I did work in the EDI claims and remittance side of the business at the time and I know firsthand how ALL the payers, the blues and HMO's alike, hated like heck to pay out claims. Trying to work with them on a daily basis was very frustrating since they were gods in all things and we were merely irritants trying to get their money away from them to those pesky providers.

It always seemed to me that a mix of the good from each payer system is what was needed, but they knew their business well and knew which side they were making money on and wouldn't give that up.
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Re: "Affordable" health care advocates explain this please.

PostBy: mikeandgerry On: Fri Mar 06, 2009 2:50 pm

None of the left's "solutions" address affordability: Preventive care merely defers costs. Universal coverage expands total costs. Costs shifted to the wealthy always come back around to the rest of the classes.

Where's the affordability issue addressed?

Affordability can only be addressed by reducing services, quality of services, or the time it takes to be served. Period. The left should stop lying to the people that this is an affordability issue. Say what it is....a seizure of the property of the wealthy. It's marxism, communism, socialism. Take your pick.

Expand medicare and medicaid if you want universal coverage and tax the general populace or business world for it. That's the only solution. The rest of the solutions just reduce benefits for those willing and able to pay.

You have got to pay or play. C'mon dems, pull the trigger on it. Do it now. Tax businesses for it. (You'll never tax the general populace, you don't have the guts!). C'mon you jackasses, Put the last nail in the coffin of the US free market economy. Just do it. Stop pussyfooting around. What are you worried about?
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Re: "Affordable" health care advocates explain this please.

PostBy: stockingfull On: Fri Mar 06, 2009 3:27 pm

The way HMO's got started for the same premiums as "major medical" policies was that they recognized that preventative care does just that: it reduces the risk of "catastrophic" illness, thus lowers the exposure to those really BIG costs. In fact, the only way it worked (indeed, the way the HMO barons got obscenely rich) was that acute illness was so far reduced that the savings easily paid for the preventative care. So, in effect, "major medical" is a healthcare dinosaur.

And, since preventative care is the only way to fix the ER problem, it's going to be the HMO model that will be used for the universal program in whatever form it ultimately takes. From the pieces of the working session that I saw yesterday, what it'll end up being is a system where everybody will have the option of staying with the private insurance they have now or choosing the "public option," which will be the gov't-offered alternative.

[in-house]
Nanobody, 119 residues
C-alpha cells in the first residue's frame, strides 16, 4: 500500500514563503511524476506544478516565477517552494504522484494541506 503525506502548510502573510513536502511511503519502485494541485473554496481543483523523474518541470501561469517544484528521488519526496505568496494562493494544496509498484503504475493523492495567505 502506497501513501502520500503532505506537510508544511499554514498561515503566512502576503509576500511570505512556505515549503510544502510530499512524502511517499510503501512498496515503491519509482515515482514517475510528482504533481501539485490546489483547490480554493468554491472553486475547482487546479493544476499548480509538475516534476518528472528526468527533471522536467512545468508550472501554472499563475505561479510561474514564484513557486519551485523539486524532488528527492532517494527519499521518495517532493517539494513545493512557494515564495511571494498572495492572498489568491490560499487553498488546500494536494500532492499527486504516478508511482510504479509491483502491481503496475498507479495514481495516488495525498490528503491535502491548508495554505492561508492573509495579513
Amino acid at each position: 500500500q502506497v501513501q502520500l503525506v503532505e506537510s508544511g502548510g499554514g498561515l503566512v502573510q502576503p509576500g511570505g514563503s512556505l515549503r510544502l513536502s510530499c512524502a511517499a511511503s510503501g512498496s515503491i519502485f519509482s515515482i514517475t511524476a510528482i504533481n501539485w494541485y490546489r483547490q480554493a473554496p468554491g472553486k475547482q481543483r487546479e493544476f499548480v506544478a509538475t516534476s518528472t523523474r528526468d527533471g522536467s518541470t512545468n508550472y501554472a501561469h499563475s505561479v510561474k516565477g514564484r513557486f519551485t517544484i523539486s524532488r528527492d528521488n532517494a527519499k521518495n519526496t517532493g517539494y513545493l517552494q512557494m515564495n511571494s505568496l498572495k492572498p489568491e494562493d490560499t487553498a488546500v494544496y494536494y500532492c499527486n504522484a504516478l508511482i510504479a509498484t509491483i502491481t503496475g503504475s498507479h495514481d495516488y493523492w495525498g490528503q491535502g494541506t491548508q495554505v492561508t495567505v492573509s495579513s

And Chuck Grassley expressed concern that existing insurers not be "crowded out" by the public option, which, to me, is Senate-speak for, "we know the public option will be so much cheaper that it will drive the private underwriters out of the business." Brings a little tear to my eye. How 'bout you?
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Re: "Affordable" health care advocates explain this please.

PostBy: stockingfull On: Fri Mar 06, 2009 4:00 pm

Mike, the flaw in your doomsday logic is that preventative care actually does prevent acute illness, not just defer it.

For example, if somebody with a respiratory condition, like chronic allergies, can avoid serial hospitalizations for acute pneumonias by getting immunotherapy, then dies 45 yrs later from a heart attack, there surely have been net savings from the preventative care. The repeated acute episodes are avoided, not merely deferred. There are thousands of conditions like that.

It's pretty basic, it's what made the HMO barons VERY rich, and it's time to extend those efficiencies to everybody. The whole population will be healthier, and it will be much cheaper per capita to attain that.
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Re: "Affordable" health care advocates explain this please.

PostBy: mikeandgerry On: Fri Mar 06, 2009 7:03 pm